ISJ Exclusive: Protecting critical infrastructure and high risk facilities


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Is security at your site, facility or infrastructure “hardened or penetrable?” This question is one that many seek to understand and spend millions of dollars on trying to answer through internal and external sources. When it comes to critical infrastructure and high risk facilities, it is important to know exactly where we stand concerning any exposure or opportunity areas. 

We know that the threat exists and is knowledgeable, capable and active. Additionally, it is also known that in the last 20 plus years, security organisations, personnel and corporations have mitigated the threat through the implementation of various physical, electronic and procedural security enhancements. The real question is, has it produced the intended results and is it effective against the threat of today?

In order to answer this, you must create a reliable, repeatable system that allows you to adequately assess and quantifiably measure your overall security architecture including physical, electronic and procedural security related to a specific threat or a range of identified threats.

In this article, we will lay out seven steps that are needed in order to create a self-assessment program that will deliver results with a high degree of assurance. Due to limitations in space and time, these steps will be simplified. However, they work when applied and, in fact, this system in its detail has been designed, developed and executed by governments and entities as a dedicated or partial program to test critical infrastructure and high value assets across the globe.

Seven steps

Step one – conduct a thorough threat analysis and assessment and create a design basis threat which is crucial and may vary by type of asset being protected, geographical location and other factors. However, creating a design basis threat is a necessary first step. Some relevant examples of threat parameters to be considered are: Terrorist element (domestic/international), activists, pressure groups, competitors, criminals. This step should be conducted in conjunction with real world intelligence and systematically reviewed and updated.

Step two – provide your design basis threat characteristics and attributes. Whether your threat is comprised of a terrorist element or a criminal element, you must define and apply specifications in the form of characteristics and attributes such as training, aptitude, access, intelligence capabilities.

A very over simplified example of a design basis threat with minimal attributes may be: Three person terrorist element, highly trained in military small unit tactics and operational planning, circumvention, surgical and mechanical breaching expertise, readily available civilian handheld equipment, military grade explosives, weapons system up to and including 7.62mm, ammunition full metal jacket, precision optics, thermal, night vision, communications and communication jamming capabilities, up to a total combined weight of 40 pounds and carried on person.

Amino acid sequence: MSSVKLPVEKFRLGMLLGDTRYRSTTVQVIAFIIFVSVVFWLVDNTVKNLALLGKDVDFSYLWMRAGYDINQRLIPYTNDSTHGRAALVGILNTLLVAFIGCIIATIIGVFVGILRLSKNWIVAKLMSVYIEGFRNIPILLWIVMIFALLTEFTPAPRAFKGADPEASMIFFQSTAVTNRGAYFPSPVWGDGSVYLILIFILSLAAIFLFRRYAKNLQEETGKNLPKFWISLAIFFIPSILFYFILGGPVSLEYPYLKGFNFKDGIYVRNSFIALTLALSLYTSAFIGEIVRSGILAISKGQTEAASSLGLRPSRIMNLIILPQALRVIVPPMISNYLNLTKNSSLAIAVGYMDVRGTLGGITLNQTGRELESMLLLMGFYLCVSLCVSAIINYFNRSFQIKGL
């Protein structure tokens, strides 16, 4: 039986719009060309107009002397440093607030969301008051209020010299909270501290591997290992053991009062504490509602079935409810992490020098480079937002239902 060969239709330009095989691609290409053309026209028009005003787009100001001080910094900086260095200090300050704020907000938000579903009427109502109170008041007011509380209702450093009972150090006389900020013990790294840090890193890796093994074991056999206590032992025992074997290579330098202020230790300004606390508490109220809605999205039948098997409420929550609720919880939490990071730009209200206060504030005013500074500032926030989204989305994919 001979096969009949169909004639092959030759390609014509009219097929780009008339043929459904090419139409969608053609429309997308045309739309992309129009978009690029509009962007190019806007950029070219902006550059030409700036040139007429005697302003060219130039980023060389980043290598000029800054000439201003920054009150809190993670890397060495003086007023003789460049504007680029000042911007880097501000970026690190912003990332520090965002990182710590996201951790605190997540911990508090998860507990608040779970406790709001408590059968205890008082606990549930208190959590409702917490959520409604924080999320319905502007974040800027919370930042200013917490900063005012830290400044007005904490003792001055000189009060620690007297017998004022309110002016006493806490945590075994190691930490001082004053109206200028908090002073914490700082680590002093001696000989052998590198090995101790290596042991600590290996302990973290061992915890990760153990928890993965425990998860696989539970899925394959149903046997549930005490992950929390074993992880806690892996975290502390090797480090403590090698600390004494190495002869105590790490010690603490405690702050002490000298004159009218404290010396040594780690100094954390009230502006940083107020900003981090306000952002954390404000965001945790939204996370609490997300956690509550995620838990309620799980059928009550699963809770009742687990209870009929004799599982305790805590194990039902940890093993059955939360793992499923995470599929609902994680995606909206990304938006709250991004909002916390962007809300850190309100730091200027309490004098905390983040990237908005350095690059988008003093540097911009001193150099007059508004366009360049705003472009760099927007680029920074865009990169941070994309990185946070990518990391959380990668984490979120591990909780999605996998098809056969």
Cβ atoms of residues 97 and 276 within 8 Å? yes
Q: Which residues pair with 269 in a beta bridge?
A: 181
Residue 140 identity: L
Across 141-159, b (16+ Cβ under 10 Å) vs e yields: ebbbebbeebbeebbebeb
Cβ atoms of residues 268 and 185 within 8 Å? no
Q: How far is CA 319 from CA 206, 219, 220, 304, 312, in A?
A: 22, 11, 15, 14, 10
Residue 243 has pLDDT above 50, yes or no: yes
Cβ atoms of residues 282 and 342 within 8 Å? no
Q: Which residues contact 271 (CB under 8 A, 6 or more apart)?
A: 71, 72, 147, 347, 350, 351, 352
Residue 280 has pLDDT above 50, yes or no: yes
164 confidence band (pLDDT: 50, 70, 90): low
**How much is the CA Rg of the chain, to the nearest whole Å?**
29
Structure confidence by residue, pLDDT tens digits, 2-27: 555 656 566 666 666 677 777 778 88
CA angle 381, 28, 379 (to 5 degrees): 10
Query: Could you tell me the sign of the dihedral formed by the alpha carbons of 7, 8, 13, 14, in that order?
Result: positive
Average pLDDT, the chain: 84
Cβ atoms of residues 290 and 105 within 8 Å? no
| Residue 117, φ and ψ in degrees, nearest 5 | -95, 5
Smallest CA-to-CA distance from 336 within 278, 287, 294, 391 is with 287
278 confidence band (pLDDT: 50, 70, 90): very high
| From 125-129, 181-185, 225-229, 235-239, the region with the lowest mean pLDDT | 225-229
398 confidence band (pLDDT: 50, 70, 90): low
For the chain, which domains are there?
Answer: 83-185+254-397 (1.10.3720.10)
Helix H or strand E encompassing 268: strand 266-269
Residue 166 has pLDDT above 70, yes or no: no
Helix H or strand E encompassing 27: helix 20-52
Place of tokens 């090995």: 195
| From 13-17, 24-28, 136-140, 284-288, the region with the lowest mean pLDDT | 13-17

Step three – document and validate both your adversary capabilities and your friendly force capabilities. For example, likely if you have an armed response force there are marksmanship qualification requirements. These requirements will represent some level of aptitude and extrapolating from this should provide you with accuracy/probability at certain distances on stationary and/or moving targets. This data should then be utilised to assess engagement outcomes from different response locations to various adversary delay barriers.

Additionally, the level of protection that the response force receives from defensive positions (DP) they respond to should be annotated and understood. For example, if a DP protects up to 7.62mm rifle then adversary capabilities and effect must be understood. Additionally, documentation and validation needs to be done for all adversary capabilities and actions, such as time delay calculation for circumvention versus mechanical versus explosive breaching on varying delay barriers in and around target locations and likely avenues of approach.

Step four – train all applicable elements that are a part of your internal assessment program. All personnel must be intimately familiar with all site data as it relates to the previous documentation and validation process referenced in step three. All entities should know what intended actions are at specific locations and probability of those actions. A specific and continuous safety program must be integrated and trained to for all elements. This will equate to a safe and successfully executed exercise. There are customarily six separate groups that need both standard and specific training: 1) adversary force; 2) response force; 3) controller force; 4) leadership; 5) local law enforcement and military response agencies; 6) site personnel.